I spent a morning at the Hissène Habré trial in Dakar without expecting to understand anything but wanting to get a sense of the process. I came away with a deep impression of the importance of this trial where an African court tried and sentenced an African dictator for his atrocities against his own people. I thank Reed Brody, then of Human Rights Watch, for his patience in explaining the events of the day and providing needed context.

I would also like to thank Marie-Caroline Camara of Au fil du Fleuve in Saint-Louis, who helped me navigate the complexities of culture and location. She entertained some of my weirder requests and found drivers willing to take me to random spots I thought might work in the story. I won’t go into the bewilderment of drivers and locals as I would bumble around some dusty town on the Mauritanian border figuring out where things would happen.

Senegal is a wonderful place, and I deeply recommend including it on your travels.

Any horrible errors either in my calculations or in rabidly mixing up and misappropriating culture and tradition are entirely my own responsibility. My intention was to capture a flavour of this relatively unexamined (to English-speaking European eyes) part of the world, and I can only express my gratitude and appreciation for the people who helped me with my research and tolerated my inquisitiveness.

If you would like to immerse yourself further, here is the music playlist along with the relevant scenes where they belong:

  • ‘Da’, Talé – Salif Keita [Simon and Oktar captured]
  • ‘Red & Black Light’, Red & Black Light – Ibrahim Maalouf [Plane convoy forced landing]
  • ‘Pour quelques dinars de plus’, Safar – Imed Alibi [Duruji and Khalil in the desert];
  • ‘Baykat’, Sénégal – Ismaël Lô [Amadou and the griot];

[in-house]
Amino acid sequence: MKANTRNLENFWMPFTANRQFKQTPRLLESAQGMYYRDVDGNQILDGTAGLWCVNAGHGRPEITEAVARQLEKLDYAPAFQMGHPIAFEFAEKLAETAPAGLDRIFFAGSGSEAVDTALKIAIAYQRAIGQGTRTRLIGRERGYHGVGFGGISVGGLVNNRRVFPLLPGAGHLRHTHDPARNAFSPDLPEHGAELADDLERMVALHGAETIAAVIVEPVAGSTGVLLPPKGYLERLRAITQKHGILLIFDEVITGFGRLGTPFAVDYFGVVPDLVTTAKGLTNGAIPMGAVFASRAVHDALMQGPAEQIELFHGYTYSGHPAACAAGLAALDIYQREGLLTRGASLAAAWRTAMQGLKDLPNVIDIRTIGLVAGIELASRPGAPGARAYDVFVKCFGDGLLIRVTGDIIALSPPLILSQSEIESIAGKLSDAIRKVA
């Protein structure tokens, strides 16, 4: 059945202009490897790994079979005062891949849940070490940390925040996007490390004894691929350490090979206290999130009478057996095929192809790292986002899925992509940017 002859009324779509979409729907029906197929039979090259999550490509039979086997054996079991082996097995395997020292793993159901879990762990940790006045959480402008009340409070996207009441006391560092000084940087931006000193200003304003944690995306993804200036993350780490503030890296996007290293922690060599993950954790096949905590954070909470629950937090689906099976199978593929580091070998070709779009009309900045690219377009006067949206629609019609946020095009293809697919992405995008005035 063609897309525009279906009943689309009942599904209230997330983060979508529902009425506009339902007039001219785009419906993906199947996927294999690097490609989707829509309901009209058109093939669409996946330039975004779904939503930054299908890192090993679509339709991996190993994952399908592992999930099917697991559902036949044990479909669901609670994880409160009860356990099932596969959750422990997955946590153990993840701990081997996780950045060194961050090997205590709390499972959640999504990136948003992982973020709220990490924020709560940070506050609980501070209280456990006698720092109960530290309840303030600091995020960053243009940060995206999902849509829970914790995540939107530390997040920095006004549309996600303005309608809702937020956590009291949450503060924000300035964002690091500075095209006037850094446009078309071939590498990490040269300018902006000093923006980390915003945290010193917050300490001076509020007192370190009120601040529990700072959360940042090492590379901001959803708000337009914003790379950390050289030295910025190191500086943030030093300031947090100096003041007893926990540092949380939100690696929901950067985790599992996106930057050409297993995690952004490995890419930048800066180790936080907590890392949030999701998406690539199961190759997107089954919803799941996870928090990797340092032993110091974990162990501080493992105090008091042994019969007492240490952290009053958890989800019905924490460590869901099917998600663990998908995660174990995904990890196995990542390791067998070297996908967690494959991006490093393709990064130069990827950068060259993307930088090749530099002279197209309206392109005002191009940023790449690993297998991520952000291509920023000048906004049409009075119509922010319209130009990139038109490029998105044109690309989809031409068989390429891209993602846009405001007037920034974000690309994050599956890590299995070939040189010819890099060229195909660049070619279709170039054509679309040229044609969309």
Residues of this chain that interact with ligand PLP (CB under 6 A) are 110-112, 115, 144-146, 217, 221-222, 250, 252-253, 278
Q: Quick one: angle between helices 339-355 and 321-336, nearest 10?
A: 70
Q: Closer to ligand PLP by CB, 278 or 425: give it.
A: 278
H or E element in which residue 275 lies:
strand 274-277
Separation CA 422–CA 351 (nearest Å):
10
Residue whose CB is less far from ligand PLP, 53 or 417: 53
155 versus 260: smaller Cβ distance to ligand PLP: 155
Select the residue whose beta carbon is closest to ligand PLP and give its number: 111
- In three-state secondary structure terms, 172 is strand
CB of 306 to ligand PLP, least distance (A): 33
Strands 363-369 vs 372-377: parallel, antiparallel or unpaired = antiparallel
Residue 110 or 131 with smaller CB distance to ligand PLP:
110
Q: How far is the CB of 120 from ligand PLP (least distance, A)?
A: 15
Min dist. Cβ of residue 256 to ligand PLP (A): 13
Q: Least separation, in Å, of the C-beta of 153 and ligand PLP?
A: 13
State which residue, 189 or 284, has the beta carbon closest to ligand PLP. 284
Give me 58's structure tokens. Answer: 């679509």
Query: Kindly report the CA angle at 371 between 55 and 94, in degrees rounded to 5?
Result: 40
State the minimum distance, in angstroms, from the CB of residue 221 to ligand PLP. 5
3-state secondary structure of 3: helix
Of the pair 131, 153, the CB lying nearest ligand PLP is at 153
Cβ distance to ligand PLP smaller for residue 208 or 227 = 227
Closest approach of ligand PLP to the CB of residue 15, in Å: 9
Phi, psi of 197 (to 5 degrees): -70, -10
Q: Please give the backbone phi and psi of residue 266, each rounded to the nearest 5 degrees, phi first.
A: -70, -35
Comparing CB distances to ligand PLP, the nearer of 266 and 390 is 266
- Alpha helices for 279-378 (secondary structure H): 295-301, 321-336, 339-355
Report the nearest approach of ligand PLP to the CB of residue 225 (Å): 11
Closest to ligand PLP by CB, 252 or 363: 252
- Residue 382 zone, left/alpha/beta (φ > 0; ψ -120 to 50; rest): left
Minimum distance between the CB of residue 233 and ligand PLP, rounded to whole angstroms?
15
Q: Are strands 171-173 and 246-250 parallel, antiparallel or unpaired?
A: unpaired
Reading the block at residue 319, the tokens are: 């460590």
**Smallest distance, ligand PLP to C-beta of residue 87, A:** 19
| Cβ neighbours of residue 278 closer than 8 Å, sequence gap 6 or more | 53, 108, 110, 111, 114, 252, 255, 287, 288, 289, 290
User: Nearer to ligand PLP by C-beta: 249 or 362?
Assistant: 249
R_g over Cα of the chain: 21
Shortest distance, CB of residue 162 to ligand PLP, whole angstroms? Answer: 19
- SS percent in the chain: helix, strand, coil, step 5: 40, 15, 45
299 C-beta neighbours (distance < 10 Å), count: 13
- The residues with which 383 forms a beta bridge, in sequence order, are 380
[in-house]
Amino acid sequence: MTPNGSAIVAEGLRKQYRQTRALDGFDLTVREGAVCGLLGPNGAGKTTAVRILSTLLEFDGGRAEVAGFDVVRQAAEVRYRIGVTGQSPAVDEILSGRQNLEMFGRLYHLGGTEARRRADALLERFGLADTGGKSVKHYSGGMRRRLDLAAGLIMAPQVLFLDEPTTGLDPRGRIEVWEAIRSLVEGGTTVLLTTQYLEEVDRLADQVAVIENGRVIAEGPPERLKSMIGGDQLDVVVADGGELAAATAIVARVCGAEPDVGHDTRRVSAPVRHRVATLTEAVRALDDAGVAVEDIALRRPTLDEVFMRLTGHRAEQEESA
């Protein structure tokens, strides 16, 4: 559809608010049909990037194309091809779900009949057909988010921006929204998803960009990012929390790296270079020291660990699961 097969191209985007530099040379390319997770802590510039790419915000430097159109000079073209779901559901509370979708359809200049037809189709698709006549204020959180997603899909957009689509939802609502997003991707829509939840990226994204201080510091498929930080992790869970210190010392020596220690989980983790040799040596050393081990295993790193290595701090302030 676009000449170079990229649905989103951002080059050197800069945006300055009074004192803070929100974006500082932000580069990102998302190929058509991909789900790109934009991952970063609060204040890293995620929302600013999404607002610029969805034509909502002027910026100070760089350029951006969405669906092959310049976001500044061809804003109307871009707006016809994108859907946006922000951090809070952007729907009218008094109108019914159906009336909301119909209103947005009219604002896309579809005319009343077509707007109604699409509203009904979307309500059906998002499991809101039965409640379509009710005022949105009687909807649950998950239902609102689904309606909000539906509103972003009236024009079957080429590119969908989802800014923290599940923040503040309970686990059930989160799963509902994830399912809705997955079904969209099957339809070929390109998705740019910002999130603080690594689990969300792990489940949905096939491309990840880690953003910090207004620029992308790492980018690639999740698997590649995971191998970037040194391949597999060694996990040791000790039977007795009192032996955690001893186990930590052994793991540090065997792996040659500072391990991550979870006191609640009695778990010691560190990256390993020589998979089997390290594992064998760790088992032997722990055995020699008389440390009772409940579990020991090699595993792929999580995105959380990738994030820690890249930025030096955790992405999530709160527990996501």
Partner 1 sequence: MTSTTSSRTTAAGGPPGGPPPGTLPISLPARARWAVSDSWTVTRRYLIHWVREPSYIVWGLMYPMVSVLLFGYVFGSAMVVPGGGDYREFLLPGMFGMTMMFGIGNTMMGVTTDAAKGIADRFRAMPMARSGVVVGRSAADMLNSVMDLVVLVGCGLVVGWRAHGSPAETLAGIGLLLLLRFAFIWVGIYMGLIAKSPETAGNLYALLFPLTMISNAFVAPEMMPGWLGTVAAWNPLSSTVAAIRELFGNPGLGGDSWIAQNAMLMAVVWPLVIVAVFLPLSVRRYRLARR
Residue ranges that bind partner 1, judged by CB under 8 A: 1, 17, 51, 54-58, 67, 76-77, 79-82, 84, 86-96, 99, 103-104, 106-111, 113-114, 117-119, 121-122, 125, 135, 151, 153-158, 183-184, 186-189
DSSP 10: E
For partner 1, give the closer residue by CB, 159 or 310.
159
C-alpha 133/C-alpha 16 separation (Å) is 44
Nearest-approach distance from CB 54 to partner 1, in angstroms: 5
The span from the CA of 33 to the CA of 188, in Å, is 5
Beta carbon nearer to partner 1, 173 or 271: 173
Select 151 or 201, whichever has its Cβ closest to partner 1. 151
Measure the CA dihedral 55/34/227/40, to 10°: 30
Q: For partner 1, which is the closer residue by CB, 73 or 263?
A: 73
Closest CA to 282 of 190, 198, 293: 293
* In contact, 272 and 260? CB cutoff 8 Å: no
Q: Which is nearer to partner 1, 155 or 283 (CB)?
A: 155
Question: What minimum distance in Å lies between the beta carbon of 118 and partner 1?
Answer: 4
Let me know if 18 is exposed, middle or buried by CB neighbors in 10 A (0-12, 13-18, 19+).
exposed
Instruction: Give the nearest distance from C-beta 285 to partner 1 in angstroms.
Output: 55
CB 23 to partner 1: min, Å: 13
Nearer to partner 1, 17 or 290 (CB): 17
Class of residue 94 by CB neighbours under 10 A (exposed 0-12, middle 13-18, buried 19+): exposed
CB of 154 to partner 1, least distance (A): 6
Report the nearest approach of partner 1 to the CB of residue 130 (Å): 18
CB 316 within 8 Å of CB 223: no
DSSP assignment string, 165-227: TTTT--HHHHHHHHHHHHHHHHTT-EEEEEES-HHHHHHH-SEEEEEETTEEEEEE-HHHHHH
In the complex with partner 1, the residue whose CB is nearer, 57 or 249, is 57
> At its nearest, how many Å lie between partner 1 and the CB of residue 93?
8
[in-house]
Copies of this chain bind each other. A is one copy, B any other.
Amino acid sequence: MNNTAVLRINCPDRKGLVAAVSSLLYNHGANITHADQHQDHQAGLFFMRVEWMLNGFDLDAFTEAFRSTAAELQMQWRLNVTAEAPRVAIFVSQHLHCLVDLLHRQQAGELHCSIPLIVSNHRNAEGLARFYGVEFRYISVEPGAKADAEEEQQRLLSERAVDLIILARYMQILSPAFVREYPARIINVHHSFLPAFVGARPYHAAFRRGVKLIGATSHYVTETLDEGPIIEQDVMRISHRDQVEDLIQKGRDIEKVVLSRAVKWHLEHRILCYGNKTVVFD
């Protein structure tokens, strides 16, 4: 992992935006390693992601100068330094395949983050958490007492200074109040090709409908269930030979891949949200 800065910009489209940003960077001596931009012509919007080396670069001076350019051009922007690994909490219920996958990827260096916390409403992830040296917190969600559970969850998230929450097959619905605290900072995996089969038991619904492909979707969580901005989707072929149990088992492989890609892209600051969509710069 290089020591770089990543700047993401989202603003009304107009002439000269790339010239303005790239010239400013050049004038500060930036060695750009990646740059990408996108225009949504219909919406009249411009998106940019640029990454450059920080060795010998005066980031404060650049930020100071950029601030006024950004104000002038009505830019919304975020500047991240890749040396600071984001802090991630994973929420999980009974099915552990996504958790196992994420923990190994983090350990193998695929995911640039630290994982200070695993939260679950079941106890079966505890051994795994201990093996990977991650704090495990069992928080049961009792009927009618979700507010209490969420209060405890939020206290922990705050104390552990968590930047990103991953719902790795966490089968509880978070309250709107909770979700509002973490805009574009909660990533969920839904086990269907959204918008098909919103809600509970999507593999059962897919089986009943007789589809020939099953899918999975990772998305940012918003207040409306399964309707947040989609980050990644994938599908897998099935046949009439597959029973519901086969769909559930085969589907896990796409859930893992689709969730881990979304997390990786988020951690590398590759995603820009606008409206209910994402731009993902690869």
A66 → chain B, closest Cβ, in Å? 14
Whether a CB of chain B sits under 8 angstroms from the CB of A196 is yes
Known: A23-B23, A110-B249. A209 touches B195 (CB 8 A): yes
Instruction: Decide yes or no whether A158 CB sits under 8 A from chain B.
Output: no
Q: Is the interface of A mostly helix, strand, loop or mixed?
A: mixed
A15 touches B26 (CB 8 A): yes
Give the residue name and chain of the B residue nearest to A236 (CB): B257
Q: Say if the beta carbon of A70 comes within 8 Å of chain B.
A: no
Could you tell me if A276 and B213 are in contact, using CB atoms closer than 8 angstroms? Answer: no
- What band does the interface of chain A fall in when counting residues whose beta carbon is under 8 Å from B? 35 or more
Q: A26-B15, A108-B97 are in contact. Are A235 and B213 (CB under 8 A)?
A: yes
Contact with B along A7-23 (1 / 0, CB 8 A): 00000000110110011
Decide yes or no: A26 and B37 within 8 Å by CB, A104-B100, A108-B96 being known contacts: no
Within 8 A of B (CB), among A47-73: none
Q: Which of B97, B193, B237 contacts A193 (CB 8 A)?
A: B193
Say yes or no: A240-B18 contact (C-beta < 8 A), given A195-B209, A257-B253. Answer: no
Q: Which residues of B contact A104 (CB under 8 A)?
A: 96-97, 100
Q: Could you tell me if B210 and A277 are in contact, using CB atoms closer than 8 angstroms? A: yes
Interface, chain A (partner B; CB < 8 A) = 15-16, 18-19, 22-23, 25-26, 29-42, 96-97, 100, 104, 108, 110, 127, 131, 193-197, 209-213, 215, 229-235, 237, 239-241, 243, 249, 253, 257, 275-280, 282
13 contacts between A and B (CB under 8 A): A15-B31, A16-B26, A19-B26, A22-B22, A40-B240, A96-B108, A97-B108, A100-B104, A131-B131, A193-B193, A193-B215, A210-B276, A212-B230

• ‘Pitcha’, Under the Shade of Violets – Orange Blossom [Escape from Benghazi];
  • ‘Ma Ikit (Not Found)’, Kelmti Horra – Emel Mathlouthi [Running in the Wet];
  • ‘Traveller’, The Traveller – Baaba Maal [The Ballad of the Nodder and the Leaner];
  • ‘Sina mali, sina deni (Free)’, Sambolera – Khadja Nin [Shakiso travels downriver];
  • ‘Un regard étrange’, Séquences – Wasis Diop [Tales from Gaw Goŋ: Casamance, l’homme qui mourut deux fois];
  • ‘Noir et Blanc’, Best Of – Ismaël Lô, Souad Massi [Simon and Shakiso on the beach];
  • ‘Le passeur’, Everything Is Never Quite Enough – Wasis Diop [Tales from Gaw Goŋ: Baana, le génie des eaux indomptables];
  • ‘La Clé / Thiabi bi’ – Souleymane Faye [‘Where is the child?’ in Just4Utoo];
  • ‘Incha Allah’, Sénégal – Ismaël Lô [Tales from Gaw Goŋ: Dragon, la brèche dans le mur de la honte];
  • ‘Take My Heart’, Black Rock – Djivan Gasparyan, Michael Brook [A quiet death by the river];
  • ‘Kelmti Horra (My Word is Free)’, Kelmti Horra – Emel Mathlouthi [Shakiso on the Faidherbe Bridge];
  • ‘Wale Watu’, Sambolera – Khadja Nin [Shakiso and Viviane discuss the trial];
  • ‘Soni’, Mariama – Pape & Cheikh [Sidiki listens to Gaw Goŋ];
  • ‘Bounawara’, Safar – Imed Alibi [Shakiso and Ag Ghaly in the desert];
  • ‘Mariama’, Mariama – Pape & Cheikh [The song of the farms of light].

The following is the closest I can get on Spotify:

She was there when I began this tale, and she was patient as I traversed its paths in darkness and light. I am grateful.


February 2017